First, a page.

With help from our chapter, the City of Asbury Park may be the next shore town to pass plastics legislation.
On June 13, John Weber (Surfrider Mid-Atlantic Regional Director) and Andrew Chambarry (Jersey Shore Chapter Chair) attended a meeting in Asbury Park to discuss plastic legislation. Andrew said that recent beach sweep events yielded 980 pounds with 90 percent of the debris plastic.
Weber said the trend to ban plastics in major cities began in San Francisco, which was the first city to ban plastic bags in 2007. But the city then turned to paper, which he says is labor intensive, detrimental to the environment and more expensive. “Washington, DC banned both paper and plastic,” Weber said. He said that city cut down 70 percent of its use of plastic and paper bags.
Weber said California instituted a paper bag fee where the merchant receives 10 cents for every bag used. “Fees work,” he said. Weber suggested that the city purchase reusable bags to be distributed throughout town. “It’s a great way to market the town,” he said.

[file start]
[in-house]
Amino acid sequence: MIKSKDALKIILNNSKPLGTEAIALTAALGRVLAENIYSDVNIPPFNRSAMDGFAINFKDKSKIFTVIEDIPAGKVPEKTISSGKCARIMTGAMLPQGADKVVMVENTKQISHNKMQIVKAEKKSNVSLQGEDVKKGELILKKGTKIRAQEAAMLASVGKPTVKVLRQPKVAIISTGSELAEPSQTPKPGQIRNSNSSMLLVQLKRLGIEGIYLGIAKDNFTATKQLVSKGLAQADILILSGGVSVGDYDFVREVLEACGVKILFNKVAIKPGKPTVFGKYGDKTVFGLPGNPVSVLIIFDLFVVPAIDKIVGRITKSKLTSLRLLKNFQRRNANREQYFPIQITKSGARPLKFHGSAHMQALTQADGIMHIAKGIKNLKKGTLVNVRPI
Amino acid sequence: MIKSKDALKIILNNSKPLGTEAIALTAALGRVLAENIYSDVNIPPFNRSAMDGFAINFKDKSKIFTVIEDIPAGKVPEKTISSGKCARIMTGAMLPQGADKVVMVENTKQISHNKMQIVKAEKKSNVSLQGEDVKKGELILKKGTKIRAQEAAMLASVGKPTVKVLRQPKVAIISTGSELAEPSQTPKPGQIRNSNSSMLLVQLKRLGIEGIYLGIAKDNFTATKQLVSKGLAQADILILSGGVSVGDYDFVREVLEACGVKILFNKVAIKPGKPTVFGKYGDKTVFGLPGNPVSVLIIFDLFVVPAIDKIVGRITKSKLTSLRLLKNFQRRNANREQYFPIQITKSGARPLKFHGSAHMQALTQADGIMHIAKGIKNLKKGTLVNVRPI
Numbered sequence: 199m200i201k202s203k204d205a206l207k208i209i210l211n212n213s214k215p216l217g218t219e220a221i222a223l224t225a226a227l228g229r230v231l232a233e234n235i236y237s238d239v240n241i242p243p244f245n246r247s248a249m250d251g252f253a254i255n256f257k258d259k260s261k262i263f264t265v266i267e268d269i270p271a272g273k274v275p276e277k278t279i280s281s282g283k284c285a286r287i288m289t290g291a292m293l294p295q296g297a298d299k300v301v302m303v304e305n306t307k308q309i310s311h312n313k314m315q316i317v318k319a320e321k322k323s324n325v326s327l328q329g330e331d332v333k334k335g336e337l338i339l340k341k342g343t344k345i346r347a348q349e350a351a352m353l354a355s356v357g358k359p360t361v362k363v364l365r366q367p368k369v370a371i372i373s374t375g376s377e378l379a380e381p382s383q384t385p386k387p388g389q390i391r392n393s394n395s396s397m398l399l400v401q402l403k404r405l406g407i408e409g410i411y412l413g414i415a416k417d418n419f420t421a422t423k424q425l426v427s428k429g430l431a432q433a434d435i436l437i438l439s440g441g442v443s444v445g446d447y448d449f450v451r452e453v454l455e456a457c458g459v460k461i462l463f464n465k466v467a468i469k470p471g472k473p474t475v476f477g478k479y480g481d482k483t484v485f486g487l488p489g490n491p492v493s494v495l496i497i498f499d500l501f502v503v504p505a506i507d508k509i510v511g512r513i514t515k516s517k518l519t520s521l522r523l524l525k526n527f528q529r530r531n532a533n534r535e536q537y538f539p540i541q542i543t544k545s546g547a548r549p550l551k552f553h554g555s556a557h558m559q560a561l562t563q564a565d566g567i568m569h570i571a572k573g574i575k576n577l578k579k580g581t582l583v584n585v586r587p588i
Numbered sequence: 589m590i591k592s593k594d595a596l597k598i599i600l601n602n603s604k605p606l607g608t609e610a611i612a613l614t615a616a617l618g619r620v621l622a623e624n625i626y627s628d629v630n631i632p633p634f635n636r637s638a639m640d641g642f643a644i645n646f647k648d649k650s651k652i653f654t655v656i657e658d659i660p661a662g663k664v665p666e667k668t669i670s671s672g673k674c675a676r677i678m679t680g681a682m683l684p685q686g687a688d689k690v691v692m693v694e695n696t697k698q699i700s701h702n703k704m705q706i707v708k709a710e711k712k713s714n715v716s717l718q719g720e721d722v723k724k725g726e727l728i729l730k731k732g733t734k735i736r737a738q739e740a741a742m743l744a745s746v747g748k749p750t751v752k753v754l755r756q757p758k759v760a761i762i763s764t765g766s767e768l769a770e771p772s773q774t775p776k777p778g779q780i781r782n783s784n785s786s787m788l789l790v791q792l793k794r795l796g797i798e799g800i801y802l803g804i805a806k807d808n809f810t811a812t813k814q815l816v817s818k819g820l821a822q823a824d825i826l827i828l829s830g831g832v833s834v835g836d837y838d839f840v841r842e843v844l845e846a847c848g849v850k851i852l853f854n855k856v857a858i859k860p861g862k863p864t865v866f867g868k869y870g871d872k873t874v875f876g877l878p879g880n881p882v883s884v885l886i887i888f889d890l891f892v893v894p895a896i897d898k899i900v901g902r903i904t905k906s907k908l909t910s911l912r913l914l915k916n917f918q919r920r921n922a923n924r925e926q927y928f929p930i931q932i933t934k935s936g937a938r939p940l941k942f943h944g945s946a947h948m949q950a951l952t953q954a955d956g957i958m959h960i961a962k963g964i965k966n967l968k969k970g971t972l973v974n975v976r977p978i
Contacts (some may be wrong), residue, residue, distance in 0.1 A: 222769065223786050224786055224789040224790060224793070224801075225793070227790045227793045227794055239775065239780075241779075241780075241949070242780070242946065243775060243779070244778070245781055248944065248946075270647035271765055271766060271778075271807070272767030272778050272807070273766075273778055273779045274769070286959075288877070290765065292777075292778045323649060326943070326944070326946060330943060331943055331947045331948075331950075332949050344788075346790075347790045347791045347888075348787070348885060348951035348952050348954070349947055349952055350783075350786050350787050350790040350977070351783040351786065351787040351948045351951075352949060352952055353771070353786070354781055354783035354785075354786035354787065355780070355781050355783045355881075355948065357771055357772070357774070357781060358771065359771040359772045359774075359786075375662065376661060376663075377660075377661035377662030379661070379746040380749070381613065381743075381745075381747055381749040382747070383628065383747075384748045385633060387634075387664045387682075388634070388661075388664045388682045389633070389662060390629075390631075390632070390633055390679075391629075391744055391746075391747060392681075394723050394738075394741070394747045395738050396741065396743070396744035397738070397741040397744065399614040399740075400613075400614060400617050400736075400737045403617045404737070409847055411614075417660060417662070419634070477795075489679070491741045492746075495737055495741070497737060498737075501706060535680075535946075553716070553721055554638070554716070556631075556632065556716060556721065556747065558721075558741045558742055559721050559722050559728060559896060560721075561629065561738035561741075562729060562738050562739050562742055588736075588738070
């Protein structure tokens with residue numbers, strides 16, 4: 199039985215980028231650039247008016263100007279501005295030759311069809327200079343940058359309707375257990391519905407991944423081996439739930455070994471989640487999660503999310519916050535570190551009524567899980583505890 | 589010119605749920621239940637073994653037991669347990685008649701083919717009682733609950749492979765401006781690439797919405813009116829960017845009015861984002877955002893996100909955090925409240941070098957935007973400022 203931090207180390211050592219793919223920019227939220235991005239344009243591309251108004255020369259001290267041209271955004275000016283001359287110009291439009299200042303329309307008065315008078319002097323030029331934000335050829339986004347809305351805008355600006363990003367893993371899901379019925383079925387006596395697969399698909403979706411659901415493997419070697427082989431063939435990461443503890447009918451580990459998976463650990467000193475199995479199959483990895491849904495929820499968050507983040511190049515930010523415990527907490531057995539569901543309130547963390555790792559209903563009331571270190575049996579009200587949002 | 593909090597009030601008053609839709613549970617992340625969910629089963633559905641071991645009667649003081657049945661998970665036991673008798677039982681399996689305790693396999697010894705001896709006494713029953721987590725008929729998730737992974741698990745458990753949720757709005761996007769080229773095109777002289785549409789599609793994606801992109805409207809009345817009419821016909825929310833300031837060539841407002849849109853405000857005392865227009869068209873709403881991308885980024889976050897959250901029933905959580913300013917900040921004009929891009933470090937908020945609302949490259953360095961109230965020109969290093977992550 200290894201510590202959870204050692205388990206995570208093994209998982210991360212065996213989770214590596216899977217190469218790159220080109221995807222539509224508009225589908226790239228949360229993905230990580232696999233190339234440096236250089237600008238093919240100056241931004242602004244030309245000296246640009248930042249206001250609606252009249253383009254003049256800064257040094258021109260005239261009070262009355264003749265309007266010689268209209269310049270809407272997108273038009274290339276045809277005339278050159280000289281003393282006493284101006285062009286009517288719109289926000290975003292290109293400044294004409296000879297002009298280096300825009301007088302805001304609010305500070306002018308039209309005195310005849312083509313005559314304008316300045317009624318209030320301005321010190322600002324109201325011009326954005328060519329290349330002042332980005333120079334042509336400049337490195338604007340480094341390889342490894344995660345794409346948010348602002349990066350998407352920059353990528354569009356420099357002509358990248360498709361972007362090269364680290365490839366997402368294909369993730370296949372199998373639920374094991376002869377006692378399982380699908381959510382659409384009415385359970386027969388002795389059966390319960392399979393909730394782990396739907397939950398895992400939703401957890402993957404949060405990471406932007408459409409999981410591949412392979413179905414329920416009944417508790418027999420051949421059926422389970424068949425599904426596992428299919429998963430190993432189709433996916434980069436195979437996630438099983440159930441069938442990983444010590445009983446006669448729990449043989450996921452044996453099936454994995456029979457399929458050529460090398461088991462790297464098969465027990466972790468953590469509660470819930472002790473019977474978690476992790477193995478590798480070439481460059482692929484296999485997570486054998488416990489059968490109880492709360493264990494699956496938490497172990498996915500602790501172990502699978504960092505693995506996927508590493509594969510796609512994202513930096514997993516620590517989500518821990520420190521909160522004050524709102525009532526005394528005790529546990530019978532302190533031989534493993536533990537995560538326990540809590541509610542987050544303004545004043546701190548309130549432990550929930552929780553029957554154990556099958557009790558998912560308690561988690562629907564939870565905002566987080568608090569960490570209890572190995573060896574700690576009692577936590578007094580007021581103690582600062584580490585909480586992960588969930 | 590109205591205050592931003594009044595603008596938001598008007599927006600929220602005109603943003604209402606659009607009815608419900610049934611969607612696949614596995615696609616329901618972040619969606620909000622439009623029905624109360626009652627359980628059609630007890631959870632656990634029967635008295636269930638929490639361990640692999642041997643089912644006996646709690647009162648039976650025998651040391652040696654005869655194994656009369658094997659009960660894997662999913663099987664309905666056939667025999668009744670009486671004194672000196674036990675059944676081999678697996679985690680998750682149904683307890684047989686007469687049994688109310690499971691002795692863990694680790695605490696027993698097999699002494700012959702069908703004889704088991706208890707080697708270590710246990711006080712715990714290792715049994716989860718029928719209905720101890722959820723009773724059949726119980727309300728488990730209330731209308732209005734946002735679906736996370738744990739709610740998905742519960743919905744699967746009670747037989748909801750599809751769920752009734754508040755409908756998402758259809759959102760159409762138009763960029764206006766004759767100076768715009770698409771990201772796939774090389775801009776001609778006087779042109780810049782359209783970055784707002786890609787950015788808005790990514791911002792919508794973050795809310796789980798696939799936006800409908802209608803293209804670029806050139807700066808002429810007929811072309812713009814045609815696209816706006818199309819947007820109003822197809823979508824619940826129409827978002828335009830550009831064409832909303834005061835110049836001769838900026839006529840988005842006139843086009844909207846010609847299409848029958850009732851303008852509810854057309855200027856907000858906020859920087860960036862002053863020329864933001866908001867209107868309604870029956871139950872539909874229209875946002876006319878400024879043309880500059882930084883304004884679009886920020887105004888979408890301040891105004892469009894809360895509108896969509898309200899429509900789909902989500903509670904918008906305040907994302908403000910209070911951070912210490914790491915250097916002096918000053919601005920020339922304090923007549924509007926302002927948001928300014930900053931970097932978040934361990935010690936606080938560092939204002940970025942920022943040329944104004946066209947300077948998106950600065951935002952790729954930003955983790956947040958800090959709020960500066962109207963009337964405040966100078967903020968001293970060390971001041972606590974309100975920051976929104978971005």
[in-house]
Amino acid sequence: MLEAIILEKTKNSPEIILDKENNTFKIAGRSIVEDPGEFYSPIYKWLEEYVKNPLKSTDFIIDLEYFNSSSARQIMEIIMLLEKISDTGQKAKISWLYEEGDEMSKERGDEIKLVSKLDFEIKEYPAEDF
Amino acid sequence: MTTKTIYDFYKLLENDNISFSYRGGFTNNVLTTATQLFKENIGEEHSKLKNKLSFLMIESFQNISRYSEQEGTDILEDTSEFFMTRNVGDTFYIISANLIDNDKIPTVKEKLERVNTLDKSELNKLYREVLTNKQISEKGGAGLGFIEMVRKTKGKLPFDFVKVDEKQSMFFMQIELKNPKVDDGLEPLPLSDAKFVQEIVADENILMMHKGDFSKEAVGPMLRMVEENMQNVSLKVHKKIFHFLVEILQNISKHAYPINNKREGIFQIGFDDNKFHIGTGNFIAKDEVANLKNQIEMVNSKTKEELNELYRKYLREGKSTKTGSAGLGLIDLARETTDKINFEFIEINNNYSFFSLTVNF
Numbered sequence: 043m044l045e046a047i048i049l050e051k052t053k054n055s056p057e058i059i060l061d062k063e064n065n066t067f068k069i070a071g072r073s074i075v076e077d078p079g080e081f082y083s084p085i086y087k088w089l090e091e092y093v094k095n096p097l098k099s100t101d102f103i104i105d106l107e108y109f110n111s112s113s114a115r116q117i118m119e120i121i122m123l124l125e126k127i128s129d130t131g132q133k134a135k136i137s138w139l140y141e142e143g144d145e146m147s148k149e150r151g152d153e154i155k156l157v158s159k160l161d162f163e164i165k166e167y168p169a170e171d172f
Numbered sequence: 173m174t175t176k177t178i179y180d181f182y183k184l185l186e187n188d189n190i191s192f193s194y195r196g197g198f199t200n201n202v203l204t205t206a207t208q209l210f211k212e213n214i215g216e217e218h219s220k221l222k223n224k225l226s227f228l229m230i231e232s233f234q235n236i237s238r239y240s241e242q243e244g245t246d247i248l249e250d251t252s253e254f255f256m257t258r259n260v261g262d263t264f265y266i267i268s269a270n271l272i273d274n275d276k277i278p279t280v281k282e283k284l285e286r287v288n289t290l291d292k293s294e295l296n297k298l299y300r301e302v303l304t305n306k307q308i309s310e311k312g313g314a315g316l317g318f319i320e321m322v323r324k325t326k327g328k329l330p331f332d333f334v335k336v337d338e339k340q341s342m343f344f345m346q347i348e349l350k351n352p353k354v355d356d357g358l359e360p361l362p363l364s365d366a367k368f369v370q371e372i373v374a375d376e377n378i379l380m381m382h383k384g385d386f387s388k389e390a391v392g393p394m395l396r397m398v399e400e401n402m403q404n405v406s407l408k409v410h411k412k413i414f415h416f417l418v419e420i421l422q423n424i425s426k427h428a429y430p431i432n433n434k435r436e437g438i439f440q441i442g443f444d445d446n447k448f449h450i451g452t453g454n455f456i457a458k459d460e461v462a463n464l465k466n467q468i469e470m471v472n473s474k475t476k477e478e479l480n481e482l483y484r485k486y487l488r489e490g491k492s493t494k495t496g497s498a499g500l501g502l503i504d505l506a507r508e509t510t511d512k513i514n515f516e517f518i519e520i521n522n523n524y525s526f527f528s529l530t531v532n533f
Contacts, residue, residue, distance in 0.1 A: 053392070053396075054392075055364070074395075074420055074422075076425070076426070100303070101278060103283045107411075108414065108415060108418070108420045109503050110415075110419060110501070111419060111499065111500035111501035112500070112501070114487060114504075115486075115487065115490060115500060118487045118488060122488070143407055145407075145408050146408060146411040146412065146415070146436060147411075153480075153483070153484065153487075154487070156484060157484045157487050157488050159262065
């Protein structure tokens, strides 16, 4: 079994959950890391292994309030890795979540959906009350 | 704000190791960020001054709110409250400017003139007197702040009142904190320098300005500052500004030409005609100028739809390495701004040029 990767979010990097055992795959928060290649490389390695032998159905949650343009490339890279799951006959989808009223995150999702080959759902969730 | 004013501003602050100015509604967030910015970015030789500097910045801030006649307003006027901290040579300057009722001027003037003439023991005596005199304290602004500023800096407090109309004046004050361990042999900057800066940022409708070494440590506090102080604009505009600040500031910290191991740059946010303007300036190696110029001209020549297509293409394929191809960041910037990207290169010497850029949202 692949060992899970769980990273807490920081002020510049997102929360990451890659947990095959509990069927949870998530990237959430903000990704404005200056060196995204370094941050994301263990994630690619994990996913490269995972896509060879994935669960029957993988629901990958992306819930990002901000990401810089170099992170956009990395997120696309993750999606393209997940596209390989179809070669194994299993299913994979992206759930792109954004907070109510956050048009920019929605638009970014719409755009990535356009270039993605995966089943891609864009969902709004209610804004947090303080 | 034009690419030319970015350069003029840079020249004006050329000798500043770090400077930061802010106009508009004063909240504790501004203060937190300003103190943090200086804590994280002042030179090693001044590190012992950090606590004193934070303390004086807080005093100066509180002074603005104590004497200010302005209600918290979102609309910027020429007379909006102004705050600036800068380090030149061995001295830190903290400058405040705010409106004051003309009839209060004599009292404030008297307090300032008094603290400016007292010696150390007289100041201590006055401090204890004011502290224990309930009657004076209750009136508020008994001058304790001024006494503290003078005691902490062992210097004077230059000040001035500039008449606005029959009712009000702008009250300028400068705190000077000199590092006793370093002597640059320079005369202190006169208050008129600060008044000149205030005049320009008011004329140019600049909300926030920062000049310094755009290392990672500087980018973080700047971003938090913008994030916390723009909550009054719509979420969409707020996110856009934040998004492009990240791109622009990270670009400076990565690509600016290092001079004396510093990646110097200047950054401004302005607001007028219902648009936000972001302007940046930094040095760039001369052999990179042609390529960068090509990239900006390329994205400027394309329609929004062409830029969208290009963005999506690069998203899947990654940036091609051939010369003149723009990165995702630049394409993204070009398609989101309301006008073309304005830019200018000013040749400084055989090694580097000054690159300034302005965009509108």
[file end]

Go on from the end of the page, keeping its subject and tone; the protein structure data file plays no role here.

Deputy Mayor Amy Quinn said city officials, the Green Team committee and many in the business community are “jazzed up” about banning plastics from the beachfront. But Quinn said they are not talking about banning everything and do not want to add a burden to the business community. She also said creating an education campaign about the banned materials was a priority, and added that the program could be phased in over time whether it included a ban or a fee.
Weber said he would give the council sample ordinances that other towns have used.
“I would love to have the public’s input,” Quinn said.
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